To Kill a Mockingbird

1 May

I just finished reading Harper Lee’s To Kill a Mockingbird. I was amazed. No wonder this book is considered to be a classic of American literature. The characters are brilliantly described. I could feel the atmosphere of the town and its citizens as I read the book. I completely agree with Lou Pendergrast when he writes that “there is sadness and happiness, racism and equality, immaturity and maturity, injustice and redemption.” It seemed vaguely similar to The Shawshank Redemption, in that it has a little bit of everything, but at the end was deeply inspiring. It has been a long time since I was this excited about a novel. I normally give novels that I enjoy only 4 starts, because I tend to be quite critical. To Kill a Mockingbird gets a full 5, without a doubt.

The main character, a little tomboy names Scout, is intensely lovable. Her antics, her thoughts, and the sometimes wise and sometimes outrageous things she says endeared her to me instantly. And her special relationship to Boo Radley was a beautiful thread throughout the novel. From what I’ve read elsewhere online, everyone loves the character of Atticus, too. With good reason, I say, as he seems to be a paragon of righteousness and a steady moral compass for his little southern town.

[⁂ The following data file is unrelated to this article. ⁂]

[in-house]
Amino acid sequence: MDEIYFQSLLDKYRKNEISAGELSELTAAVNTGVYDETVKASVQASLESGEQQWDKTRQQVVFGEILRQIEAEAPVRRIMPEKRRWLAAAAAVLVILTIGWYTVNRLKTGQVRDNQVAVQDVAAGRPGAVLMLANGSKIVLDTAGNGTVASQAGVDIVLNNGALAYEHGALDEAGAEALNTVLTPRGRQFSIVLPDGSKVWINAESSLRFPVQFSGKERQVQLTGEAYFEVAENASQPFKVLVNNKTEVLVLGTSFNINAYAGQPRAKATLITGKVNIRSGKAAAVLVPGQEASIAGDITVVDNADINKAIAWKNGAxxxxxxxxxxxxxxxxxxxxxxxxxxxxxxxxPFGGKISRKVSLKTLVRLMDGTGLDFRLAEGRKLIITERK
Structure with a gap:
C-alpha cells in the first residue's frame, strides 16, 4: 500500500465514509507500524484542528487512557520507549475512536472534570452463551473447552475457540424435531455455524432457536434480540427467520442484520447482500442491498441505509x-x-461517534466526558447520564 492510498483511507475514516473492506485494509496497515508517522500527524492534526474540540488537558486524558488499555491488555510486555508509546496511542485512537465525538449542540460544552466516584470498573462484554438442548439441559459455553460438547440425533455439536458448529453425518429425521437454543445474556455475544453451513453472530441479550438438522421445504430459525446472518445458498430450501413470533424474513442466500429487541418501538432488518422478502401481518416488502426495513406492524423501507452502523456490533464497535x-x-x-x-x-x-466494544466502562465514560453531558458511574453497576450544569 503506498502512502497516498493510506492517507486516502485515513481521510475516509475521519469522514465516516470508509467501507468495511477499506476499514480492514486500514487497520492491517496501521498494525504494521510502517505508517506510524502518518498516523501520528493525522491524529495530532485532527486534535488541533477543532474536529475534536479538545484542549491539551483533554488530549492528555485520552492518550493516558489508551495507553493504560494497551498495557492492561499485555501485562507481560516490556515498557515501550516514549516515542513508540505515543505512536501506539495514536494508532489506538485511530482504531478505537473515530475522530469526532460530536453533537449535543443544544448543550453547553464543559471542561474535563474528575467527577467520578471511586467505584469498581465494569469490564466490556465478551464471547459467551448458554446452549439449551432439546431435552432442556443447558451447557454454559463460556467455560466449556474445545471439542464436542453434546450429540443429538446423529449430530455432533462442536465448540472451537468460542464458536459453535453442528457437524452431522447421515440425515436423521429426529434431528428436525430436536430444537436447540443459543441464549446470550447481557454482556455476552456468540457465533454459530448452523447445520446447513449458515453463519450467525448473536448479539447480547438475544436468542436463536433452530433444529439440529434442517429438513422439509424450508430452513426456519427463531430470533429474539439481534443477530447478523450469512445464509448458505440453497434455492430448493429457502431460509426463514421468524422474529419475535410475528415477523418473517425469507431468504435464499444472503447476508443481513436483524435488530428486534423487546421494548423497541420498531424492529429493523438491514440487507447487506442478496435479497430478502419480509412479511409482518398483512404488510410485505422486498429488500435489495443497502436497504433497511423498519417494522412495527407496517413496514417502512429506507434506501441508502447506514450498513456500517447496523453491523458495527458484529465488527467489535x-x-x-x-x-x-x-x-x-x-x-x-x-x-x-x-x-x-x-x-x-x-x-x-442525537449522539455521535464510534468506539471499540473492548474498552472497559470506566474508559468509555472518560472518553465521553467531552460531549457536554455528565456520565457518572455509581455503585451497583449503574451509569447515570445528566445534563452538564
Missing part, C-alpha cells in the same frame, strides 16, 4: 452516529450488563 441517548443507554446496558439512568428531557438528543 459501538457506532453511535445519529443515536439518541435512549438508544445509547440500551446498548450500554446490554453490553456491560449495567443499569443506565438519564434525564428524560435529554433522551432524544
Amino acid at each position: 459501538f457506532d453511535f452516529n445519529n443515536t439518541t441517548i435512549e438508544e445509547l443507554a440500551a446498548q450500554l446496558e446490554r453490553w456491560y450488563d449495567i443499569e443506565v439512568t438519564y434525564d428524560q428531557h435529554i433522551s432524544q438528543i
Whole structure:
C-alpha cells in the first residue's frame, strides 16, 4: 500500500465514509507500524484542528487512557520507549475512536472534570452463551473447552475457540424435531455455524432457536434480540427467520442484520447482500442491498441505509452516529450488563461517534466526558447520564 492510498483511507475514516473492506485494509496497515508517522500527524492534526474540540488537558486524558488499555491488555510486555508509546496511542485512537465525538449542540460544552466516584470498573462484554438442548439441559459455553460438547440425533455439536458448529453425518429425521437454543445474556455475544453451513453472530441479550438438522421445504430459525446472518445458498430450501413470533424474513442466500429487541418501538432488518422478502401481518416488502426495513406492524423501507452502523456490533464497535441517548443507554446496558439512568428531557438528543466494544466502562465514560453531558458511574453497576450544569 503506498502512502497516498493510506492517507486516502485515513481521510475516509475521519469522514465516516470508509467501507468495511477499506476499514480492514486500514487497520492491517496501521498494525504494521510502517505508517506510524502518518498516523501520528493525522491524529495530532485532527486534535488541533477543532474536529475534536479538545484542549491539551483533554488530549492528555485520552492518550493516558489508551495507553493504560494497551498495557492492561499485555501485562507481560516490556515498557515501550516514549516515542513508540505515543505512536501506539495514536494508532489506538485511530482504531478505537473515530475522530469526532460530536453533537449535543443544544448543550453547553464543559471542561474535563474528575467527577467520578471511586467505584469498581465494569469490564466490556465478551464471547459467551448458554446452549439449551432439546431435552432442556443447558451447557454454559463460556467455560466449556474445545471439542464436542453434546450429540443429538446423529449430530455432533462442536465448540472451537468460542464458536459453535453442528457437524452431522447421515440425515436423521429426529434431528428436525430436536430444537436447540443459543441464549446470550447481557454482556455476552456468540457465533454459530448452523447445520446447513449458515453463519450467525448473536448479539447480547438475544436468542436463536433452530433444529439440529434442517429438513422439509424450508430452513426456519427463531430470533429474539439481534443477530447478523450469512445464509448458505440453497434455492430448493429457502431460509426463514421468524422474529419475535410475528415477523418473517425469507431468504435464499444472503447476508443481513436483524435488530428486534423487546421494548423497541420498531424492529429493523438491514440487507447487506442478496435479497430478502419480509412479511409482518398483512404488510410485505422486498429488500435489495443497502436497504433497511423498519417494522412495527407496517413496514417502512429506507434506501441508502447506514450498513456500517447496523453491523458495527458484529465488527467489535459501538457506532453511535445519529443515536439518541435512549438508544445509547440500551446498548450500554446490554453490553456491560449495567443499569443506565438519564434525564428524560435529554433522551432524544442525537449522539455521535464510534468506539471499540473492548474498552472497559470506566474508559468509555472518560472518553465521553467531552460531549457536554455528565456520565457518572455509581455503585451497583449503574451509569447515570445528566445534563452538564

I have seen this novel criticized for being unrealistic. It is true that the issues dealt with in the novel are very black and white. There is no moral problem presented that causes the characters to struggle to find the right answer, because in this simple world the right thing to do is always obvious. People don’t do the wrong thing because they are mistaken. They do the wrong thing because they are stupid, evil people, or because they are afraid. Meghan Conrad described this criticism very well, writing that “The characters are one dimensional. Calpurnia is the Negro who knows her place and loves the children; Atticus is a good father, wise and patient; Tom Robinson is the innocent wronged; Boo is the kind eccentric; Jem is the little boy who grows up; Scout is the precocious, knowledgeable child. They have no identity outside of these roles.” I can’t deny this criticism: it is true that the characters don’t struggle with moral issues and that they show very little change in who they are over the course of the novel. But I still enjoyed it intensely, despite that. There also exists the valid criticism of the white savior: a poor black man needs help, so the white hero valiantly defends him. That is true: the few black characters in this novel are mostly objects that are acted upon, not actors themselves.  Still, this novel was describing a realistic situation in a realistic setting, so if I dislike the reality that it displays, I certainly can’t blame that on the novel. To do so would be just as foolish as disliking a person because he told me some facts which I dislike (which is something that human beings often do, actually!).

If you haven’t yet read this book, move it to the top of your reading list.

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